Shane Ross accepts Government can’t clear out FAI council

Minster for Transport, Tourism and Sport reiterated no danger to Euro 2020 games

Shane Ross was speaking at Sport Ireland’s announcement of a €36 Million investment in Tokyo 2020 preparations. Photo: Morgan Treacy/Inpho

Shane Ross was speaking at Sport Ireland’s announcement of a €36 Million investment in Tokyo 2020 preparations. Photo: Morgan Treacy/Inpho

 

The Government’s hands are tied in respect of clearing out or reforming the council members of the Football Association of Ireland (FAI). Minister for Transport, Tourism and Sport Shane Ross, speaking at the announcement on Monday of Sports Ireland’s funding for National Governing Bodies and elite athletes for Tokyo 2020, said that it will be up to the FAI to sort out their councils.

Mr Ross added that a compromise deal is important if the FAI are to survive the current crisis but that the hosting of Euro 2020 games is not under threat from Uefa.

“We can’t do that,” said Mr Ross when asked if he was planning to reform the FAI council. “The Government are not in a position to do that. We made it absolutely clear that we don’t think that the very arrival of the independent directors would be a instant solution to the problem. There is a culture problem in the FAI.”

It was mentioned that John Earley, who resigned from the FAI board for a second time last month, is now back in some form after being appointed to a role on the new High Performance sub-committee.

“Well he did resign from the board and I welcomed the fact that he did resign from the board,” said the Minister. “I’m not going to comment on that particular unusual event.”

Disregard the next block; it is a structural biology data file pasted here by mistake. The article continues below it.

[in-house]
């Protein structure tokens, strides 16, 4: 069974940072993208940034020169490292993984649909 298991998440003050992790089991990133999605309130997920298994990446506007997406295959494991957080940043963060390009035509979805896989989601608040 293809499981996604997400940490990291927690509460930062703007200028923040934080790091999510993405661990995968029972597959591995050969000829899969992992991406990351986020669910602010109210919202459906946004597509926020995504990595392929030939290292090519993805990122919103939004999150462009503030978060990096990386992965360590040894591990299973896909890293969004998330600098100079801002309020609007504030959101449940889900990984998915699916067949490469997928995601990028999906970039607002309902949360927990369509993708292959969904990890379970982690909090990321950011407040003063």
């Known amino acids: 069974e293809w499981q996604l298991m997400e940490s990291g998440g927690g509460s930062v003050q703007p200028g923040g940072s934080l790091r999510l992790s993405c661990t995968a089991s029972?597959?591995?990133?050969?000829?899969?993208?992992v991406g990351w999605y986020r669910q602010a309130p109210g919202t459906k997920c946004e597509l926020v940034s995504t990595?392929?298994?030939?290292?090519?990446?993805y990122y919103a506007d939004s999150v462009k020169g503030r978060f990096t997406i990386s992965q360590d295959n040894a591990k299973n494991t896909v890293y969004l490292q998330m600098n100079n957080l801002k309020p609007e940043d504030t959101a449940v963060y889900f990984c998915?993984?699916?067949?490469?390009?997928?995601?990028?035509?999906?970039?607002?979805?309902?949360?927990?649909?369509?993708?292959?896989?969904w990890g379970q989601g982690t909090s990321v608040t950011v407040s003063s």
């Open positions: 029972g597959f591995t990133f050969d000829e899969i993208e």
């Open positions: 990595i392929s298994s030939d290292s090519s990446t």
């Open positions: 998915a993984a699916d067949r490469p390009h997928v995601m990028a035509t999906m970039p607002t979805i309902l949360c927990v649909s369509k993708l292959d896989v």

Unusual? “Well it’s unusual.” Expand? “No.”

Mr Ross also said that he expected stockbroker Roy Barrett, who was named as chairman of the association, to report back to the Government within a week with a set of proposals.

The Minister did not rule out the FAI bankers having to take a haircut in any financial package that might arise from Barrett’s consultations.

“He (Barrett) is going to come back and I guess he’s going to ask everybody to share some of the pain,” said Mr Ross.

“But that’s only an estimate. Those proposals should come, I should think within a week. We’ve had a series of meetings with unions, bankers, Roy Barrett and also Uefa. They haven’t come to an end. He has attended bi-laterals with others as well. He’ll have various proposals that he hopes will save Irish football.”

As one of 12 Uefa Euro 2020 successful bidding cities, Dublin was awarded three group games and one round 16 game at the Aviva Stadium. The matches take place in Dublin on June 15th, 19th, 24th and 30th. Mr Ross recently met with Uefa as part of the crisis talks.

“There was absolutely no question at that meeting anyway of them being abandoned, they were very anxious they would go ahead,” he said adding that there has been a significant shift in attitude.

“What we really agreed was we would look at the principle of us all contributing towards this. The great benefit of all the meetings was there was an incredible change in the mood music. And that was reflected in our subsequent meetings between ourselves and the bankers and Uefa, because once the independent directors were there, we recognised that there was a new situation and we wanted to be part of that solution rather than being at loggerheads.”

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